I was familiar with this phenomenon since my childhood. But I got curious about it just recently.

For example, imagine you are in a restroom with an air conditioning fan which produces sound while spinning.

When you move your head repeatedly right and left and/or up and down you perceive the sound in two different pitches (for example, F,G,F,G,F,G,...)

I suspect this is because of the change in the direction of fluid in the inner ear. But even in a high speed moving of the head you can still experience the phenomenon; And I think may be the fluid isn't the cause at the same time, because it doesn't have the time to change direction in high speed head movements.

But why do you only hear the sound in two pitches? For example, F when your head points to the right; and G when your head points to the left. Why you can't hear a third pitch either?

Update: I searched the internet and found this. But still don't know the reason.

I just think it's weird that I can change tone of low frequency sounds like computers and fridges by turning my head slightly left or right and they get louder.

  • I don't perceive a pitch change when I do that. Are you sure this isn't unique to you?
    – Carey Gregory
    Commented Jul 15, 2023 at 21:09
  • I'm currently in front of the cooler fan in the living room (about 3 meters away). It has a regular sound when my face is in front of it and somehow when I move my head to the left. But I perceive a slightly different sound when I move my head to the right (addition of a second sound to the previous sound). The changes become more noticeable when I move my head repeatedly. Commented Jul 15, 2023 at 21:45
  • Well, you describe changes in pitch in notes, so maybe your ears are more musically trained than mine.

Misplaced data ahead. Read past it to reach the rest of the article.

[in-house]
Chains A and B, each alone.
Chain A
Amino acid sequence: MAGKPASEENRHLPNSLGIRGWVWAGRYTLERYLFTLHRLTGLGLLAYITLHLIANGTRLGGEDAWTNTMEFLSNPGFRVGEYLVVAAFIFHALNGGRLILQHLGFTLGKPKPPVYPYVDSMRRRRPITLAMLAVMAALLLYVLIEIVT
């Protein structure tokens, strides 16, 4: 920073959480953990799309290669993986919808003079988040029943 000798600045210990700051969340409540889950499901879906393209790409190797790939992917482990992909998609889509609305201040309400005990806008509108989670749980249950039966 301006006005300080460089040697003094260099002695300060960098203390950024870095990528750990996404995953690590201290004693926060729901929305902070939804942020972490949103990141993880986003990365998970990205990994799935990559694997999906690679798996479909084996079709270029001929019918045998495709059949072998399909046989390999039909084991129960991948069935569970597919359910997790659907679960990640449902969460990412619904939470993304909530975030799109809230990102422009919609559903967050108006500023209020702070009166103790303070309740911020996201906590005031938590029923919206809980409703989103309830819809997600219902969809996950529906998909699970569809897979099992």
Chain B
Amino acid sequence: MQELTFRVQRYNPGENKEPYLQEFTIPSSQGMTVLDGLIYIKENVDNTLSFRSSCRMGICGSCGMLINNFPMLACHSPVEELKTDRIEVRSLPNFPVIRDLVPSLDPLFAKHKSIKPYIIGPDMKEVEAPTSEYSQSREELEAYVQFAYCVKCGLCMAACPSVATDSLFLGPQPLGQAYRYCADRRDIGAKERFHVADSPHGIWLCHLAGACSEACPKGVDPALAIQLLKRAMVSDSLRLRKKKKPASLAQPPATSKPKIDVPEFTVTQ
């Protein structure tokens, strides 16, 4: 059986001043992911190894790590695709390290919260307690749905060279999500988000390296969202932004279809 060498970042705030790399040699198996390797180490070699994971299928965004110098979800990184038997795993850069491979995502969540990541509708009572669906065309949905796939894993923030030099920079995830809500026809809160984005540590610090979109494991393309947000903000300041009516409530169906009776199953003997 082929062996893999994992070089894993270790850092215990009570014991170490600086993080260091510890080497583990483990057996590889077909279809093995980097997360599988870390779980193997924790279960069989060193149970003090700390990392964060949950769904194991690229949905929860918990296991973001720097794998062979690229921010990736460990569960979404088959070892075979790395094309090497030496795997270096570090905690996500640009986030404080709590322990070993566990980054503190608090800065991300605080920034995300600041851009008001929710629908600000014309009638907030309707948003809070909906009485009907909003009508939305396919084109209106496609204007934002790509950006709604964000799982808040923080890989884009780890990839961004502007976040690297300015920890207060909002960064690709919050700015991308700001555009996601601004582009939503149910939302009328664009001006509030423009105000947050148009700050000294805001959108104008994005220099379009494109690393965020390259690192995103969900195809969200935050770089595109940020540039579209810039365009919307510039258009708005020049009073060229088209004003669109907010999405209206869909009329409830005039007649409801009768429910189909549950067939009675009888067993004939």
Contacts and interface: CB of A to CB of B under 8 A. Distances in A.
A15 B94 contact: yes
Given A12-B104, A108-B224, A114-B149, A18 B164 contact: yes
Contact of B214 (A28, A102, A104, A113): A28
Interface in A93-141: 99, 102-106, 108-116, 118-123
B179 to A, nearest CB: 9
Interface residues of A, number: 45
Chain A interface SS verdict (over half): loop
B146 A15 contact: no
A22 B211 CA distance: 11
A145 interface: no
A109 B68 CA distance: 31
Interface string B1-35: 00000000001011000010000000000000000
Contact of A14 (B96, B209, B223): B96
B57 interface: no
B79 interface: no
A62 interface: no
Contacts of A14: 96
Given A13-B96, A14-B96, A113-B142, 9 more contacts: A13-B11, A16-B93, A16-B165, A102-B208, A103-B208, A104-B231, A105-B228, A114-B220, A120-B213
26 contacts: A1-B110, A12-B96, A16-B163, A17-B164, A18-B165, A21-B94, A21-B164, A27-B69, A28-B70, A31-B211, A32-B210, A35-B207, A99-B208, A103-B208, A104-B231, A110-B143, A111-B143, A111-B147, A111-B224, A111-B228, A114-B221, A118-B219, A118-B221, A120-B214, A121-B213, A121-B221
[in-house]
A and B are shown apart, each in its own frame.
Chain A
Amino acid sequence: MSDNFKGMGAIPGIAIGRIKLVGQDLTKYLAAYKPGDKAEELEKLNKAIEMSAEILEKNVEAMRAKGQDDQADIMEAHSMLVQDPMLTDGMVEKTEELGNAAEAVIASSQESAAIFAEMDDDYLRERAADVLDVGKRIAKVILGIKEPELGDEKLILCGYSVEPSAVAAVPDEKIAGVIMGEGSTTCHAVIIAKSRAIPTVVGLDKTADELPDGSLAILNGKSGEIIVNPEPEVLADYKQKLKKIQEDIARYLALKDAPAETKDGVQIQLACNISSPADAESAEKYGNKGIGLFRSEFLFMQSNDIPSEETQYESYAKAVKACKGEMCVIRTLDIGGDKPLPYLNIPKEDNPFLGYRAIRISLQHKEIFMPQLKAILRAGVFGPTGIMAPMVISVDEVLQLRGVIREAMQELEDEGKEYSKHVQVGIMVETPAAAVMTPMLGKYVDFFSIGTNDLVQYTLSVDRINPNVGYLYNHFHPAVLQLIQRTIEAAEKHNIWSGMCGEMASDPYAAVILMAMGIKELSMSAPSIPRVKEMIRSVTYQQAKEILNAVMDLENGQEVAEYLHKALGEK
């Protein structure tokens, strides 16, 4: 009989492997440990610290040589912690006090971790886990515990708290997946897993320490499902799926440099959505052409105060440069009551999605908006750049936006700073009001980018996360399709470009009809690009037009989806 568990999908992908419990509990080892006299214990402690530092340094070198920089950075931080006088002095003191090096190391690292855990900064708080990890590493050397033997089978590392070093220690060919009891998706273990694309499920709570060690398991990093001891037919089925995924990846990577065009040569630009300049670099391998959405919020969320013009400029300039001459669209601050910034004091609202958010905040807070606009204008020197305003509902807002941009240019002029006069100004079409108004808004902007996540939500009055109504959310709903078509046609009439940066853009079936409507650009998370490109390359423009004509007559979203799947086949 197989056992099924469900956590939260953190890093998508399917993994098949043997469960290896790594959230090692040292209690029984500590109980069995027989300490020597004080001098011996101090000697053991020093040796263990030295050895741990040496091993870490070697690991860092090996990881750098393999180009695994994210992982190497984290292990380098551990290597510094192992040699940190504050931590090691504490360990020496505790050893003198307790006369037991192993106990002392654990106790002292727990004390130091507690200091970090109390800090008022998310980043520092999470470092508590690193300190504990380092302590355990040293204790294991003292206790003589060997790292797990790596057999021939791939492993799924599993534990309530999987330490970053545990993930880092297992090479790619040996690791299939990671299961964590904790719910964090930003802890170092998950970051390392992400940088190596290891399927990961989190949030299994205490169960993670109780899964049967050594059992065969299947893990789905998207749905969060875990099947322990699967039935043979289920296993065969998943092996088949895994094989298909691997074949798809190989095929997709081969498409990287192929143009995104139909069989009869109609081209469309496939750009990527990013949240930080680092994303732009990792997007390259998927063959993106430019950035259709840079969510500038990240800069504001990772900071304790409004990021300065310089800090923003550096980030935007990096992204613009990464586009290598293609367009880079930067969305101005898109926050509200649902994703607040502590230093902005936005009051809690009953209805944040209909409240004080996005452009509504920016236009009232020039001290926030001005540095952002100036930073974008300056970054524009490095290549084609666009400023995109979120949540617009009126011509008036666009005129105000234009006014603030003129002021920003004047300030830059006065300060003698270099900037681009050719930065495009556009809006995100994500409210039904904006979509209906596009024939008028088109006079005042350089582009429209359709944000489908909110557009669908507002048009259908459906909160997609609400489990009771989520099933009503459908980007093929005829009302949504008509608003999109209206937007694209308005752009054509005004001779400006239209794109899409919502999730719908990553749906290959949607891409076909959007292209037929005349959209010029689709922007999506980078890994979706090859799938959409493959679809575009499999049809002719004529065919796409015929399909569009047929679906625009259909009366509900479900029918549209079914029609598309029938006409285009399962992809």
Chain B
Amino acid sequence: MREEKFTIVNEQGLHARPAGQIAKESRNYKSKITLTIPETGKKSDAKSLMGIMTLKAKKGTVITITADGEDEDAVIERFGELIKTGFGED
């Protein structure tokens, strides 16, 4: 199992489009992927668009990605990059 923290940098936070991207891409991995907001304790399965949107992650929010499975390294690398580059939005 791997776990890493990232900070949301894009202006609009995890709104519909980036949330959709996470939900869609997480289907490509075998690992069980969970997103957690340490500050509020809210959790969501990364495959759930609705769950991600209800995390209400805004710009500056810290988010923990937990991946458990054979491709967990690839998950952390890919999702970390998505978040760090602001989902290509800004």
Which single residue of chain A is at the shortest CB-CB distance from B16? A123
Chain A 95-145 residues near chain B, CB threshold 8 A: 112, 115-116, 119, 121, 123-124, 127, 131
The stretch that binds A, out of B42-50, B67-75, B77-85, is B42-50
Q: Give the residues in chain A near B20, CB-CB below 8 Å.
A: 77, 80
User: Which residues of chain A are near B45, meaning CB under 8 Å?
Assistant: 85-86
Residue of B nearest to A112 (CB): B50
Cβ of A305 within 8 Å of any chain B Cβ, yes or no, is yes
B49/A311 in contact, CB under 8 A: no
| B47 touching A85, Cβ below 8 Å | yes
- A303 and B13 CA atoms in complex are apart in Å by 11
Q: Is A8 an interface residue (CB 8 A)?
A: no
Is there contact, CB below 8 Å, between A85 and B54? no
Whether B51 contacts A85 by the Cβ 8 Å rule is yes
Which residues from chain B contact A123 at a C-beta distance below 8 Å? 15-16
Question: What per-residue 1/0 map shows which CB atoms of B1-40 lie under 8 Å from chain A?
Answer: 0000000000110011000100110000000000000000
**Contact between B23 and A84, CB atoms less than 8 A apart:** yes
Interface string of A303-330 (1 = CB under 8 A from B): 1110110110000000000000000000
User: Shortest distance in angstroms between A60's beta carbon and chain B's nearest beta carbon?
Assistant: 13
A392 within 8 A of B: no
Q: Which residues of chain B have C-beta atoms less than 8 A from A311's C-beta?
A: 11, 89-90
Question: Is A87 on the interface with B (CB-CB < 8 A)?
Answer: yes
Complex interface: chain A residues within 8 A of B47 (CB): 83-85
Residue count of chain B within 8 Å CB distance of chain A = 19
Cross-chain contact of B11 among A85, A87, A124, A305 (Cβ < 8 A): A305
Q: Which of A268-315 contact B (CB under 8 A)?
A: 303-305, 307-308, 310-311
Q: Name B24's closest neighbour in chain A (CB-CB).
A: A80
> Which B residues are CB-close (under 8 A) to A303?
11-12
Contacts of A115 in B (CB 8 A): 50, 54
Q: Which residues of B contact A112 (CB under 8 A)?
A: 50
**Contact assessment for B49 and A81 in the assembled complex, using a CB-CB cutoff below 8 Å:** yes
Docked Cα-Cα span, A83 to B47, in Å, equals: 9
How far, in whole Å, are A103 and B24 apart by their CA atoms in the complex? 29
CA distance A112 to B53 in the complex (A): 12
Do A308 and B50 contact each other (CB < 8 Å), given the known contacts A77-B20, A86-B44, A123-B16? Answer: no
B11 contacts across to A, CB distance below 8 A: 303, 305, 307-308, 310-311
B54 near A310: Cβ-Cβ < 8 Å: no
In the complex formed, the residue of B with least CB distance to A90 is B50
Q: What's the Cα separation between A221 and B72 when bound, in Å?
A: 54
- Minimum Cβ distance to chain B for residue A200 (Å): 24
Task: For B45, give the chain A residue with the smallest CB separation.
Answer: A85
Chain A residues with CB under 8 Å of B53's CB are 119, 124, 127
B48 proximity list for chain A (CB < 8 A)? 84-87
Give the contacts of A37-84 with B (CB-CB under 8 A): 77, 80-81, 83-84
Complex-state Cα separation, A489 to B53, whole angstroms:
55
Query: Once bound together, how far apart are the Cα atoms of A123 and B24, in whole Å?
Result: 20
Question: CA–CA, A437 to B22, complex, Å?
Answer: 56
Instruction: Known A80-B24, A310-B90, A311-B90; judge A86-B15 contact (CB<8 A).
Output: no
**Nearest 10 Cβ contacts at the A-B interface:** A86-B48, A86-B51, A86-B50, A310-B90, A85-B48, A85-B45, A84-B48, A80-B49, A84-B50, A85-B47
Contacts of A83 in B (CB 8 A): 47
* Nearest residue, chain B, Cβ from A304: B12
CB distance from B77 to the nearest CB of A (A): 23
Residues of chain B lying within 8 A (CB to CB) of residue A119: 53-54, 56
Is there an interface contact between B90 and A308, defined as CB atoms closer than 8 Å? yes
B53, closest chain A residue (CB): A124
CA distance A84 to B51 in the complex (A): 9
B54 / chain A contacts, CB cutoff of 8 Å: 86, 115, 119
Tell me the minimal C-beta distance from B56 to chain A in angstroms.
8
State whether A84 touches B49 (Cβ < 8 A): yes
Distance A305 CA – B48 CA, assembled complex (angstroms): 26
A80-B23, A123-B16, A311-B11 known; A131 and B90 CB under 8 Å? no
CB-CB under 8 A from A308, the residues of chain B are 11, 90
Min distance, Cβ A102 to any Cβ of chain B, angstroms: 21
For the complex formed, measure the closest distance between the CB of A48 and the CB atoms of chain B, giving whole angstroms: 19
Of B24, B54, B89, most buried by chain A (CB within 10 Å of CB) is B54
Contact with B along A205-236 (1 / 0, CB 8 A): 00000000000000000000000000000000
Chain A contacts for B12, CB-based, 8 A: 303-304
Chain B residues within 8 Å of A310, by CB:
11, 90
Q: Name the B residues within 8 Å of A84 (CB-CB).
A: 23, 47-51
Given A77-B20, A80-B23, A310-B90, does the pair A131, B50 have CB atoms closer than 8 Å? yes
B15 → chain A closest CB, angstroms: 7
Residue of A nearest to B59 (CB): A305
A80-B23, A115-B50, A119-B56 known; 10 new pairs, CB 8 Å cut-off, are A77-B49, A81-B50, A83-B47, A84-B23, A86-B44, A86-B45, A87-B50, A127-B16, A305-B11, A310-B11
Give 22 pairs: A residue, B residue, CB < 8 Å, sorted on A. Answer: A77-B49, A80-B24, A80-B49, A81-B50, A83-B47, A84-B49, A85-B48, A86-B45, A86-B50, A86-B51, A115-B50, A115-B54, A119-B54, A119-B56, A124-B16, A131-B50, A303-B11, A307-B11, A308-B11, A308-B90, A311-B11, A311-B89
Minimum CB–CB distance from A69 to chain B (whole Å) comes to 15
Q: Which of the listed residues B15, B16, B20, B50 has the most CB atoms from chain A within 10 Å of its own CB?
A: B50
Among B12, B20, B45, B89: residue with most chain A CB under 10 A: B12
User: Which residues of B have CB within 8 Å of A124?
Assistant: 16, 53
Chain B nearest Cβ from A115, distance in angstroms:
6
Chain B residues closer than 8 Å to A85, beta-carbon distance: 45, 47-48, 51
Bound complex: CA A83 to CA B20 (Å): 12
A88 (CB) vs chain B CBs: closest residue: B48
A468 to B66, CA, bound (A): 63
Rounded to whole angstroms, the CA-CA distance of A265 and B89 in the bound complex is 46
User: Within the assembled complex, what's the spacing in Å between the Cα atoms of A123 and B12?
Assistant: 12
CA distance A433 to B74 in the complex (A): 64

– Carey Gregory
    Commented Jul 16, 2023 at 2:56
  • Pitch is not a musical-exclusive thing. It denotes the change in frequency of the sound perceived. A child's scream is also in a different frequency compared to an adult's shouting. Commented Jul 16, 2023 at 16:15
  • 4
    I think I'm missing something here, but aren't you just describing the Doppler effect?
    – M.A.R.
    Commented Jul 19, 2023 at 17:06

1 Answer 1


As @M.A.R. mentions in the comment thread to your question, this is nothing but the Doppler effect.

When you close the distance to an object emitting sound, the next sound wave hits your eardrum faster than it would if you'd stay stationary (same applies to the sound-emitting object moving towards you, like an ambulance). Hence, even though the frequency emitted is lower, it appears higher to you since you hit the sound waves in higher frequency due to your movement.

The opposite happens when you move your head away from the object: you delay the next wave hitting your eardrums as the sound wave needs to catch up with your moving head first. The result is that the tone appears as if it had lower frequency than that at which it is indeed emitted.

Since ears can be very sensitive towards pitch change, this effect can be experienced even when you just move your ear towards or away from a sound emitting object fast enough. When experiencing this by turning your head, this suggests your experience is created because of one ear being significantly more sensitive than the other one, since otherwise, they'd even out. I'd check with a doctor if I were you.

  • My mother has an inherited ear problem and I think I also inherited it from my mother! (She has sticky inner ear) The link I recently added to my question is also from a person with ear problem. Commented Sep 11, 2023 at 21:00

Your Answer

By clicking “Post Your Answer”, you agree to our terms of service and acknowledge you have read our privacy policy.

Not the answer you're looking for? Browse other questions tagged or ask your own question.